Network Automation – The key to Future Perfect

By: Dwarakanath Yadavalli, Software Engineering Manager, Managability, Juniper Networks IEC

Automation is here, today.  Network Automation will only see increased adoption going forward – be it in Service Providers or Data Centers, or Edge or Core.  Automation, a business imperative, is recognized as the future of the network.

So, what is Network Automation?

Traditionally, network provisioning and configuration management have been manual and error-prone processes. Network automation is a methodology in which software automatically provisions, configures, manages and tests network devices. It is used by Enterprises and Service Providers to improve efficiency, reduce human error, and decrease operating expenses.

Network automation tools provide several features starting from viewing network topology, device discovery, configuration management, and operational audit to more complex workflows like the provisioning of virtual network resources and load balancing.

Network automation plays a significant role in software-defined networks (SDN), network virtualization, and network orchestration.

Automation Enablers:

  • Programmable interfaces: devices offer a capability to interact programmatically
  • Standards-driven data models: Allow provisioning of input and consumption of output by machines
  • Scalable Platform: a data-store of input and output allowing interaction across devices and time
  • Custom built algorithms: that process data to glean insights network health parameters
  • Integrated systems: to unite the business operations to network provisioning, auditing, monitoring, and recovery.
  • Multi-vendor capability: to cater to the requirements of complex networks

 

Types of Network Automation:

Network Automation is indispensable in all varieties of networks be it LANs, WANs, Data Centers or Cloud Networks, and Wireless Networks. Any network resource that has a CLI or API is automatable.

  1. Automatic configuration and provisioning: The network systems’ architecture embeds automation capabilities such as provisioning.
  2. Script-driven network automation: Script-driven network automation employs scripting and programming languages to execute tasks.
  3. Software-based network automation: Also known as intelligent network automation, is coordinated through an administrative portal that eliminates the need to script commands by hand.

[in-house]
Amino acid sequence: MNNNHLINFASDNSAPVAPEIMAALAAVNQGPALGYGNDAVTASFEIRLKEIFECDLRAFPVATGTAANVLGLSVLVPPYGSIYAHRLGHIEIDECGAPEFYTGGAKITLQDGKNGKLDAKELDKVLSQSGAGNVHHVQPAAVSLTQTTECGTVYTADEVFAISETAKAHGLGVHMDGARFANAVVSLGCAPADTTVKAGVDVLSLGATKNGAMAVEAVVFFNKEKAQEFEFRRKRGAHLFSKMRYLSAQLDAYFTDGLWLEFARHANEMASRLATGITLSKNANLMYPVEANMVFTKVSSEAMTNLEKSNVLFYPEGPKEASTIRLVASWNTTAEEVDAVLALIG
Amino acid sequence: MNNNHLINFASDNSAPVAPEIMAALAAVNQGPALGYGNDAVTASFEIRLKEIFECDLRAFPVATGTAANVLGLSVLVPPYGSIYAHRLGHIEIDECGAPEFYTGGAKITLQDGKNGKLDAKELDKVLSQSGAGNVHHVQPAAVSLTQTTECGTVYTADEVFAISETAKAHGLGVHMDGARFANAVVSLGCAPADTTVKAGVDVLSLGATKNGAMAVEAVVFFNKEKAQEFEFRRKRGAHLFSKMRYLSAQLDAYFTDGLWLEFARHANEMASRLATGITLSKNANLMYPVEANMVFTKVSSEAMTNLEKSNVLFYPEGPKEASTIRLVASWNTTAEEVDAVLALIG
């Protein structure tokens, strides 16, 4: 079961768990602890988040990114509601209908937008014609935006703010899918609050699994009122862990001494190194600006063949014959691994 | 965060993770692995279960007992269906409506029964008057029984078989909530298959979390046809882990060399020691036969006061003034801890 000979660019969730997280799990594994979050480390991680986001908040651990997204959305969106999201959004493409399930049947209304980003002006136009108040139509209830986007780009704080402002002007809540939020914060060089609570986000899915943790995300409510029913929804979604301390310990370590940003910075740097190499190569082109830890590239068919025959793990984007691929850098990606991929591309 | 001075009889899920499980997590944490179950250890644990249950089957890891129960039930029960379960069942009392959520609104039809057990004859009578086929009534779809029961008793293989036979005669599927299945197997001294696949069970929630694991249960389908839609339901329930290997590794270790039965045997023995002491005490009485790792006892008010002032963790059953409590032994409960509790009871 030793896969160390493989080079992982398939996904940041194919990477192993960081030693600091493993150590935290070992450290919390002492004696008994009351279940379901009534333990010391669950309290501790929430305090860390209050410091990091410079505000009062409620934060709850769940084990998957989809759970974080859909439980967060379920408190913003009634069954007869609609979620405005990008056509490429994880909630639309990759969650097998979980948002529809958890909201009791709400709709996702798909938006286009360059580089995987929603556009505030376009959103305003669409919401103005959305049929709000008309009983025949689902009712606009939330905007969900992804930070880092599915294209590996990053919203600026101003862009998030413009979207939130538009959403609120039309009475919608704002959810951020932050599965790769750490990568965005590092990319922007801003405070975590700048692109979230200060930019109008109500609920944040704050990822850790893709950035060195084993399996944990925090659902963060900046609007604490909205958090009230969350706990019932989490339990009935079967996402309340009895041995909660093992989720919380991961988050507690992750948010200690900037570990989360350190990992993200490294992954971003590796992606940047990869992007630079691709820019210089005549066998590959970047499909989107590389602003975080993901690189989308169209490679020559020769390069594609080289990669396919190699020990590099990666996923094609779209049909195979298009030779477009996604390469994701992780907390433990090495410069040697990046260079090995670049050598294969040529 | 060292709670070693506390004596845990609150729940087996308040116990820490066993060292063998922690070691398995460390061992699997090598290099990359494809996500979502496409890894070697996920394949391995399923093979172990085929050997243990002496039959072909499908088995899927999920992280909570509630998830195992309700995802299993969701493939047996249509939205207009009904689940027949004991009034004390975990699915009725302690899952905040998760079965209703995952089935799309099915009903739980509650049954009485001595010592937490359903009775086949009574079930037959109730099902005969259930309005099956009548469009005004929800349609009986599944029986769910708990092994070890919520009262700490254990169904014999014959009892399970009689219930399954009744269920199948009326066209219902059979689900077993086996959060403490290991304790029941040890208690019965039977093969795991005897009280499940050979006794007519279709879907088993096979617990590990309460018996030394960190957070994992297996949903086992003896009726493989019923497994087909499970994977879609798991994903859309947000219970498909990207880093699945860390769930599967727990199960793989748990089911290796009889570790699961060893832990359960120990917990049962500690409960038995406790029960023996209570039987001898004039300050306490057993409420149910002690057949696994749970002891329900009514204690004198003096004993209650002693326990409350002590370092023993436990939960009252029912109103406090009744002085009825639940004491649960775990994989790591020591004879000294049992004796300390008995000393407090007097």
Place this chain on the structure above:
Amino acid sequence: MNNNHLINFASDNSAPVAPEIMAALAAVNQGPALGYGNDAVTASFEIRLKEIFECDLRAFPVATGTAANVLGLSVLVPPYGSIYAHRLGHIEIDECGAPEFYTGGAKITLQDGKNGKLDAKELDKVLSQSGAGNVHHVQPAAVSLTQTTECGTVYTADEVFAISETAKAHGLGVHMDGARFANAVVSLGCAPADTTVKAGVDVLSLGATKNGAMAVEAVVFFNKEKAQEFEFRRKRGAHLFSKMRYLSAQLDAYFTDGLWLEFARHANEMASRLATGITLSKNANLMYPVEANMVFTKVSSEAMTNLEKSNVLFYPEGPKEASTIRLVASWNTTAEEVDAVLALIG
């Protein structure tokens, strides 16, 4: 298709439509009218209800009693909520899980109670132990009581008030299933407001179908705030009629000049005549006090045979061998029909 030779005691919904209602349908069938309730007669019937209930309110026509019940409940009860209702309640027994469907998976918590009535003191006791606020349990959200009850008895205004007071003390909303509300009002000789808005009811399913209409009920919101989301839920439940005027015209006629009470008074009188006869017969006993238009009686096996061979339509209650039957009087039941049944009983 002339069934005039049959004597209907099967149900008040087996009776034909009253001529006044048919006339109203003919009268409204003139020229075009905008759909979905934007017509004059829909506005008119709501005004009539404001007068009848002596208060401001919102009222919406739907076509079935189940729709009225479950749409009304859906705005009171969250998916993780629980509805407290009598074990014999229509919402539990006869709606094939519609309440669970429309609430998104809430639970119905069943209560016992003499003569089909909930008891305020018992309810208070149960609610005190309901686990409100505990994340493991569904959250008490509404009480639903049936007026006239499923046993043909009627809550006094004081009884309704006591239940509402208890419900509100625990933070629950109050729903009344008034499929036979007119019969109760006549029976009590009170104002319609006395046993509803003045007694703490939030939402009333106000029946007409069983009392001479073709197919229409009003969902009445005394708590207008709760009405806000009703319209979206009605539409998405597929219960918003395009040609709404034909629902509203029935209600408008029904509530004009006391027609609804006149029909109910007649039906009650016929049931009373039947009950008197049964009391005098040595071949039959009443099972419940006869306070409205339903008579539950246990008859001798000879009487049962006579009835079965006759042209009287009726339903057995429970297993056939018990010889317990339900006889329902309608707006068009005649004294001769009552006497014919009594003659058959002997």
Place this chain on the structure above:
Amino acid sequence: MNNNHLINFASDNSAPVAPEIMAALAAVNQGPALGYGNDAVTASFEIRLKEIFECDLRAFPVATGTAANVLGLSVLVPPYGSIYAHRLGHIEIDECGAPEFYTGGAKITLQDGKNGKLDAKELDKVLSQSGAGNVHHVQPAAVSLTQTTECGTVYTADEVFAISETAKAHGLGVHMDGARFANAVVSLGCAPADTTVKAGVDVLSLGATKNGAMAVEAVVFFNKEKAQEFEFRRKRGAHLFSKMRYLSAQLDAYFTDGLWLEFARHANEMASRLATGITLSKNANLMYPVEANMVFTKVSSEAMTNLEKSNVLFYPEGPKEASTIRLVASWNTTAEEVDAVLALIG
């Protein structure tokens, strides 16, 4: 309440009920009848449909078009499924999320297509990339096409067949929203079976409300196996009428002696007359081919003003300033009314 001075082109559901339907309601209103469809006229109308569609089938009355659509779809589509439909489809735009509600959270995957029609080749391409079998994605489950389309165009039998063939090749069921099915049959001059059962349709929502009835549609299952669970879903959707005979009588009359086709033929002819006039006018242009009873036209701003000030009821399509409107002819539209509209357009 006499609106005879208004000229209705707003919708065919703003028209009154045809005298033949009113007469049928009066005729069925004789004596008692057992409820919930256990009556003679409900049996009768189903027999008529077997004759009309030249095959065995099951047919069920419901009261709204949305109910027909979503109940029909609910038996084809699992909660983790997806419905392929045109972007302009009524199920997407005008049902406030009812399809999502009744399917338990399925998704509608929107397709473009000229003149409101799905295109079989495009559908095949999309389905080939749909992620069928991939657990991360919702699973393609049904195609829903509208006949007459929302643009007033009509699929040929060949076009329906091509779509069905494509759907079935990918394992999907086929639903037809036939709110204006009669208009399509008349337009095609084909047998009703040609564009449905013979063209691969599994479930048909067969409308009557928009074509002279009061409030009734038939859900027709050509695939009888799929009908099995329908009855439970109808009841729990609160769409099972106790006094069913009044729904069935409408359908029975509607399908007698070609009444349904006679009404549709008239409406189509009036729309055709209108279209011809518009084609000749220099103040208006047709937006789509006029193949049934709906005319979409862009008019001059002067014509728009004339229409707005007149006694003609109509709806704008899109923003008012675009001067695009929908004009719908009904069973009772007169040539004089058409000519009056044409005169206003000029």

4. Automated auditing and operations management: Automation assists with day-to-day operations, such as reacting to events and reconfiguring device settings. It can be deployed to do regular configurational and operational audit of the device. Everything that takes manual tasks out of the “examine and react” loop is part of this.
  5. High-level orchestration: Integrating an SDN controller with other parts of the infrastructure enables orchestration of virtual machines, networks, and storage in a coordinated manner. SDN has many definitions, but at the core level, separation of the data plane from the control plane enables the provisioning and configuration of these elements. Depending on the system capabilities, this may lead to app-driven networks across multiple cloud environments.
  6. Policy-based networking: (also known as ‘declarative-intent’ SDN) Here one defines the end state of the system, and the system has the intelligence to realize it. This advanced form of automation enables those who are not in the networking team, to define how they want the network to behave.
  7. Intelligence-driven network automation: All-pervading telemetry infrastructure, collects data about the health of the network elements, powers the machine-learning algorithms that detect the impending network issues and schedule auto-corrective tasks.

Benefits of Network Automation:

Network automation provides multiple benefits including:

  • Reduced human errors: Manual tasks are susceptible to human errors. Setting up a job for automation means it only needs to be done correctly once.
  • Improved efficiency: automating functions on network devices saves people from having to do time-consuming tasks. When systems detect problems automatically, it enables the IT teams to be proactive instead of being reactive.
  • Lower costs: By eliminating manual tasks related to network device provisioning and management, businesses can operate with agility. If automation is a fundamental part of the network design, it can also help reduce operational expenditures.
  • Improved availability: As problems are detected early on in the cycle, the network availability improves, contributing to increased top-line. It enables an enterprise to set higher performance standards vis-à-vis competition.

Automation, through the closed loop network architecture, empowers the organization to a future of orchestrating the network from a single pane of glass, at scale.

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